This Constitution Quiz is a good test for those of us who think we know a little, or perhaps more than a little, about the Constitution. It was a good test for me.
Question No. 1: Has the Constitution Always Guided the Country?
Answer: No. Originally the nation functioned under the Continental Congress and the Articles of Confederation. But after 11 years under the Articles, the U.S. Constitution was written, agreed to, and ratified by nine states (all eventually ratified but only nine were needed to have it take effect). On September 13, 1788, the Continental Congress proclaimed that the Constitution had been properly ratified and it ordered the new government to convene on March 4, 1789.
Question No. 2: Does the Constitution allow the Supreme Court to make law?
Answer: No. The beginning of Article I states, “All legislative powers herein granted shall be vested in a Congress of the United States.” Any Supreme Court decision is the law of the case and it binds only the plaintiff and the defendant. The meaning of the word “all” has not been changed.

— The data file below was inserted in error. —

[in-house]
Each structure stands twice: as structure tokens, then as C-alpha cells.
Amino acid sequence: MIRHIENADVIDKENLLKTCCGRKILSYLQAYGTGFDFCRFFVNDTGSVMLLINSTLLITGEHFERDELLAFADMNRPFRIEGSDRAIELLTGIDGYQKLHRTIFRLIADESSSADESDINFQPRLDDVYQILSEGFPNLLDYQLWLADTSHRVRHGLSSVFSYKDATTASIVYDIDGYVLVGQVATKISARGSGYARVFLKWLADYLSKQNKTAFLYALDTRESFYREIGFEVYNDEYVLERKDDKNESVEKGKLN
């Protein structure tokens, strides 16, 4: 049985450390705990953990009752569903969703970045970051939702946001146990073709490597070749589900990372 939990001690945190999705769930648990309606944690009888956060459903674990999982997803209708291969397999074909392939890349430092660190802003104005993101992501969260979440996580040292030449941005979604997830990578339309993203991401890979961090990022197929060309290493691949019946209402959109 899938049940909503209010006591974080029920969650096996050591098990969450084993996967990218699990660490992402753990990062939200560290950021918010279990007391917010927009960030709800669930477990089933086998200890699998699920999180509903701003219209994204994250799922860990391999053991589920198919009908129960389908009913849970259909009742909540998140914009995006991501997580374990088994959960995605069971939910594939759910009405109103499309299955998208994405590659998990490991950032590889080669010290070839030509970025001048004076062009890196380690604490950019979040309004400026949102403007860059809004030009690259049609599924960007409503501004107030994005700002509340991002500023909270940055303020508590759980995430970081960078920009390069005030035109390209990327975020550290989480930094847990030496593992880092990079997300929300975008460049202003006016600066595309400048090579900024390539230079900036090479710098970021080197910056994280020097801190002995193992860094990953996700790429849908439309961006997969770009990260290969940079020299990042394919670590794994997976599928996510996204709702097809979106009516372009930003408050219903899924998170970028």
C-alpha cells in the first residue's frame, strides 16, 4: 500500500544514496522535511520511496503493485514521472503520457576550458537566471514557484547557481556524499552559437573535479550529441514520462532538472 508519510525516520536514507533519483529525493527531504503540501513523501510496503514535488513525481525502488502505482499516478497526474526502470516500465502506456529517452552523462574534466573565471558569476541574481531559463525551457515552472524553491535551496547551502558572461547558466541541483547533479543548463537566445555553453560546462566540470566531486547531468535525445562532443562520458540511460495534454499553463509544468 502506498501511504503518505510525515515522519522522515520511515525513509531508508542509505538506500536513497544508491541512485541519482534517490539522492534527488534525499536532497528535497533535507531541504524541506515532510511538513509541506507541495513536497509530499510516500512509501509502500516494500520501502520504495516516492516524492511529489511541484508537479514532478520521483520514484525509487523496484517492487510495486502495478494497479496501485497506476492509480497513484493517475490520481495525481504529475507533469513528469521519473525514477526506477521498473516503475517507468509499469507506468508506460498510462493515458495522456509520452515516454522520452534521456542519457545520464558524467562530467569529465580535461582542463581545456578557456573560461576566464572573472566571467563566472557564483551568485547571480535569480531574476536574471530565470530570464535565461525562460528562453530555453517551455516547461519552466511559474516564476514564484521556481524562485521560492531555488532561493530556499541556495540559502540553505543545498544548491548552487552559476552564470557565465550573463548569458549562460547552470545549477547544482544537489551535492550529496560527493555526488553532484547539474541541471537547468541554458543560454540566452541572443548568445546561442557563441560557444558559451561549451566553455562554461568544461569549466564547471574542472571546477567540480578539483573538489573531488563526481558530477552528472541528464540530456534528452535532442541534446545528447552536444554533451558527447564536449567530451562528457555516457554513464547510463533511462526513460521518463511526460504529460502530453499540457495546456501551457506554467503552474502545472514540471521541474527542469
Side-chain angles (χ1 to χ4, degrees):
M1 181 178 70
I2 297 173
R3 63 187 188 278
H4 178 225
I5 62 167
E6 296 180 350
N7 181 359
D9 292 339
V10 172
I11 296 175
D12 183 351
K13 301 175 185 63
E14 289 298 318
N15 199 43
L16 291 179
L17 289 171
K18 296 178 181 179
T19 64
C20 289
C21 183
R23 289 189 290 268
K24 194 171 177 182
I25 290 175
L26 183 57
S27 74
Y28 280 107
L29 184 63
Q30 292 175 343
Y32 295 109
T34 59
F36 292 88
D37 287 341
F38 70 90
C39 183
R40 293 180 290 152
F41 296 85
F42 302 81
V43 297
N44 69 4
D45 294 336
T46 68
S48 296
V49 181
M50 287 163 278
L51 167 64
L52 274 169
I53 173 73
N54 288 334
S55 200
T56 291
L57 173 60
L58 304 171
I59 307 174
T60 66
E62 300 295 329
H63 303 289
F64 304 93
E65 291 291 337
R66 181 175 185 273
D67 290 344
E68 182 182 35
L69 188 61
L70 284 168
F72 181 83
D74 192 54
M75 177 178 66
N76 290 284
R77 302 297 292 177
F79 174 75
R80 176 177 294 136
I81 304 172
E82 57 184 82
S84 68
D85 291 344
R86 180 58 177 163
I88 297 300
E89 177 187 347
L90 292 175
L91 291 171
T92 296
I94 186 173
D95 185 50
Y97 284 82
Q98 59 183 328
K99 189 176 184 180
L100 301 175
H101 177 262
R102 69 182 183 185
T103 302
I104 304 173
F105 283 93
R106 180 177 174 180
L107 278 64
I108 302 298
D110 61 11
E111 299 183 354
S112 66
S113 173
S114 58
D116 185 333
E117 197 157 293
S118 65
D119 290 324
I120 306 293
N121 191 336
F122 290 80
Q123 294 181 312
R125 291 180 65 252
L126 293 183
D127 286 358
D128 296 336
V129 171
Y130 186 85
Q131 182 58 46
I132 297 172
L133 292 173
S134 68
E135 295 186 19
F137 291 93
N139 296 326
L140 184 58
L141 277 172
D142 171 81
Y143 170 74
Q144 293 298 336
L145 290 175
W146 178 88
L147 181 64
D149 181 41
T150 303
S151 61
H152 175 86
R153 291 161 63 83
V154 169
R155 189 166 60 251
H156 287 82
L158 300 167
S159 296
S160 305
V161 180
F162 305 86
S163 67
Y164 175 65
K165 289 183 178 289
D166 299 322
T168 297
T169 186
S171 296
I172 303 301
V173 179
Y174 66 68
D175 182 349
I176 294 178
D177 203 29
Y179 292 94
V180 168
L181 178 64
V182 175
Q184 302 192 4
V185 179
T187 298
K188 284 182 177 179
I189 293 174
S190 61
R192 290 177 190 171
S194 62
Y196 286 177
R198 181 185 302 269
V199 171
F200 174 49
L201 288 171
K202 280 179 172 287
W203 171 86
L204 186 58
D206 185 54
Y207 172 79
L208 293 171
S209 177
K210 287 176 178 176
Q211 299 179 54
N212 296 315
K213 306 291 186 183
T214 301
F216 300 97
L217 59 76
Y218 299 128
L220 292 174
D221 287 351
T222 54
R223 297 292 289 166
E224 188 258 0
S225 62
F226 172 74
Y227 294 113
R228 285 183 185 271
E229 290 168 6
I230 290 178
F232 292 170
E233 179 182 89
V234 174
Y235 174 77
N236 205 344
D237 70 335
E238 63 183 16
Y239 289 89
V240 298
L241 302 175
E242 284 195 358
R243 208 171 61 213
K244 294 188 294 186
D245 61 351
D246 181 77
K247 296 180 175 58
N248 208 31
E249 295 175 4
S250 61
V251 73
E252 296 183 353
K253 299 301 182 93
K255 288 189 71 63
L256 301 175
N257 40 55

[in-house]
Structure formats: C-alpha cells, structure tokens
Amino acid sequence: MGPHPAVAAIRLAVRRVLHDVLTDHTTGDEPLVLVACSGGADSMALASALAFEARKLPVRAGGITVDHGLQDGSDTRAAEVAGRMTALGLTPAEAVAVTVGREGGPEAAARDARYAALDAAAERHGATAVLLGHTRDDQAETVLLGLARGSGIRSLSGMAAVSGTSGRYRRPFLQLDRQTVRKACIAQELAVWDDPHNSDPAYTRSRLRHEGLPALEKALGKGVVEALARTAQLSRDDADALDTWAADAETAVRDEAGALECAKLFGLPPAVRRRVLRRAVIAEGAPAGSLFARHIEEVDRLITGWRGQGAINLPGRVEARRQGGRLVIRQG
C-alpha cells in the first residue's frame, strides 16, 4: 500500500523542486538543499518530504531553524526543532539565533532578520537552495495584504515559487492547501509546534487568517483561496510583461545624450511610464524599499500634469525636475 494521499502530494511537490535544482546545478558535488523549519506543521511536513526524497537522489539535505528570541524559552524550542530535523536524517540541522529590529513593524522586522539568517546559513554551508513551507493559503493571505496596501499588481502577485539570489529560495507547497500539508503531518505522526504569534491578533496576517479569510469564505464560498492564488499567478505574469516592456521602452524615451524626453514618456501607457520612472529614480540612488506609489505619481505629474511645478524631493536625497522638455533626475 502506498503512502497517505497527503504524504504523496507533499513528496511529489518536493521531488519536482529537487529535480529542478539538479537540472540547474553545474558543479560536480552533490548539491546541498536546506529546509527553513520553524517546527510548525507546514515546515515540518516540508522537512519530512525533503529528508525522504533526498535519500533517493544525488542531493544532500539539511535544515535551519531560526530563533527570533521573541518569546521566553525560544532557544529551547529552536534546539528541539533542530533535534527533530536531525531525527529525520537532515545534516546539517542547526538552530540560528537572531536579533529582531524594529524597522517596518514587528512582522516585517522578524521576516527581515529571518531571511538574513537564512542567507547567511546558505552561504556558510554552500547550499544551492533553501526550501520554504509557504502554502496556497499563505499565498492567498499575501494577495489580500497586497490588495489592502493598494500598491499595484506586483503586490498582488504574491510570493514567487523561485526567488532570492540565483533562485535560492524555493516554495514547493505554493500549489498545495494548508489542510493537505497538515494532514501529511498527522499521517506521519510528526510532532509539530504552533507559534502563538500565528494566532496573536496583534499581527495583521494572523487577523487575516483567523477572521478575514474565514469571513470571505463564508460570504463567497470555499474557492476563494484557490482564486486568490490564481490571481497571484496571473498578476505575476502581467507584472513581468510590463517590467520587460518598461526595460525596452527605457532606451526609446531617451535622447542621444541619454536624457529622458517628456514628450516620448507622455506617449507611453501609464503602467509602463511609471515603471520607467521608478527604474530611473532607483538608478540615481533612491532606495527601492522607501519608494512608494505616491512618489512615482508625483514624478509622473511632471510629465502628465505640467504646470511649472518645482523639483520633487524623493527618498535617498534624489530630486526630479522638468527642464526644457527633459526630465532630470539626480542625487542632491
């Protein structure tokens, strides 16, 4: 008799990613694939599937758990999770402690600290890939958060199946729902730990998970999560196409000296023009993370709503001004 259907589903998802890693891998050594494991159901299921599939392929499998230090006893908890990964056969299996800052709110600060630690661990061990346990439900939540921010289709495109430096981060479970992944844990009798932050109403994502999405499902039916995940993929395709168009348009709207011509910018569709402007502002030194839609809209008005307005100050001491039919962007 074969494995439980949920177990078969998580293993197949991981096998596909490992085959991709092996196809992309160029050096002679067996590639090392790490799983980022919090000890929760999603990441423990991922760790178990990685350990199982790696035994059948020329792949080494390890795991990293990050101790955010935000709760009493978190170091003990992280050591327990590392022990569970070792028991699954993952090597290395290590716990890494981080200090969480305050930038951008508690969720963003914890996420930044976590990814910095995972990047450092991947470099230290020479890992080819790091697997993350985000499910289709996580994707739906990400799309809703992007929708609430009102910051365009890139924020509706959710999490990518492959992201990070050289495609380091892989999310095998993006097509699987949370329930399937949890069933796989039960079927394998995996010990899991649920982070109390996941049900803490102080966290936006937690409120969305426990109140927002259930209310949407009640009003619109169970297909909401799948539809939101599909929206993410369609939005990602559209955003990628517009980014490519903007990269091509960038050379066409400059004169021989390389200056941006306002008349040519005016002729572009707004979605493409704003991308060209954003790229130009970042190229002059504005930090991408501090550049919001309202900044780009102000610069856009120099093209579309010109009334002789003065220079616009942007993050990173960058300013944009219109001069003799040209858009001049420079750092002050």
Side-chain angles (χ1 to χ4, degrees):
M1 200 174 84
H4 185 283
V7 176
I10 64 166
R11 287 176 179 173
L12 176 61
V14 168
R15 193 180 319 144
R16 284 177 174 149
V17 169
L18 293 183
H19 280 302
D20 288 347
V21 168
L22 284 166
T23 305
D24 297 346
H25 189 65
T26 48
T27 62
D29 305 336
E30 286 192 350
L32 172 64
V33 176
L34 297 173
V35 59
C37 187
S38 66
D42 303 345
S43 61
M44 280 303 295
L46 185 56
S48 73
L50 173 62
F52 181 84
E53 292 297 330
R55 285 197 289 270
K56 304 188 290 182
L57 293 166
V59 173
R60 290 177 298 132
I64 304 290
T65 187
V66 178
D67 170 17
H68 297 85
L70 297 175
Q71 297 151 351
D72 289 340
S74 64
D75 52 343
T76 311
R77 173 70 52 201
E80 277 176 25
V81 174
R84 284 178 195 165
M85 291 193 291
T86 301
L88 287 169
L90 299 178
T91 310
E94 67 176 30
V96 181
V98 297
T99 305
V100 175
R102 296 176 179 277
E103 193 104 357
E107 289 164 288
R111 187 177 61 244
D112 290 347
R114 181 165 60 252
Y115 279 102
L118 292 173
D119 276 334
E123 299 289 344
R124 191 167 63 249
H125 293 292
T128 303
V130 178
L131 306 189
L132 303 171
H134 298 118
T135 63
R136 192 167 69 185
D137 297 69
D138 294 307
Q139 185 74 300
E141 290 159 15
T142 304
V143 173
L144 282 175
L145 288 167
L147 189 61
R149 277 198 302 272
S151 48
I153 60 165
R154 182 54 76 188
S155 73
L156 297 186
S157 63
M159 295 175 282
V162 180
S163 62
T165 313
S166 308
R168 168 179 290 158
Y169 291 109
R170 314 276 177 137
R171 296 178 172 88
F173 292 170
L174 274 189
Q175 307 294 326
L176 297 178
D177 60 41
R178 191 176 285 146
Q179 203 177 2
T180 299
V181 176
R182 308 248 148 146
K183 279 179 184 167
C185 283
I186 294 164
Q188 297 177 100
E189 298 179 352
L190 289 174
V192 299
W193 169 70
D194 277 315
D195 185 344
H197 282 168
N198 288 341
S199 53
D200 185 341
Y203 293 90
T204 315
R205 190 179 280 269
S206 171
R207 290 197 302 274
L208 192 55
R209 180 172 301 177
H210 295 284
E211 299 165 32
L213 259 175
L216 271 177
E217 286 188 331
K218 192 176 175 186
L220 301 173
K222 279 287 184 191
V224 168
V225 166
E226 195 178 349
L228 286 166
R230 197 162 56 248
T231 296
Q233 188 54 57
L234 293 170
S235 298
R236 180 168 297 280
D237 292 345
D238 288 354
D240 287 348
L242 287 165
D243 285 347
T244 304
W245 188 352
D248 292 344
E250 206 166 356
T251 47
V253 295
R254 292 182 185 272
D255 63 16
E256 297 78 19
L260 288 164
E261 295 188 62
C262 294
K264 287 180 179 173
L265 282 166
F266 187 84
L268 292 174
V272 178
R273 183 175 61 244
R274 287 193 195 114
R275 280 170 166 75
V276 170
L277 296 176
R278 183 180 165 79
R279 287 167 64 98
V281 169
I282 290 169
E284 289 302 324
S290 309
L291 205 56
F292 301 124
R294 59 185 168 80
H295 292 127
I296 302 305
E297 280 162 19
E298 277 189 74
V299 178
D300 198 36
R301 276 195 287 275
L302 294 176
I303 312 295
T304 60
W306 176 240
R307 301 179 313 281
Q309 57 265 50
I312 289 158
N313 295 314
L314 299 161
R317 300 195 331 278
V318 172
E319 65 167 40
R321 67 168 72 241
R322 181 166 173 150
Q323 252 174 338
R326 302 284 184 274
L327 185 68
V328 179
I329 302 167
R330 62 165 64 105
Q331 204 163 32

This corrects the popular misconception that the Supreme Court is the law of the land. It is not. It is the law of the case.
Question No. 3: Does the Constitution allow the President to make law?
Answer: No. Executive Orders issued by the President that bind the entire nation are illicit because, as noted above, “All legislative powers” reside in Congress. An Executive Order that binds only the employees of the federal government is proper because the President should be considered to hold power much like the CEO of a corporation who can issue rules to his employees.
But the entire nation is not in the employ of the President. The President does have a role in lawmaking with his possession of a veto. He can veto a measure produced by Congress (which can still be overturned), sign a law produced by Congress, or simply allow a measure to become law by doing nothing within ten days “Sundays excepted.”
This is critical in understanding Executive Orders. King Obama has issued more than 900 of them, many of them draconian and totalitarian in nature. It’s nice to know, at least in theory, that they are “illicit.”
Now if Congress would just grow a backbone and challenge them…
More Q and A on the Constitution tomorrow!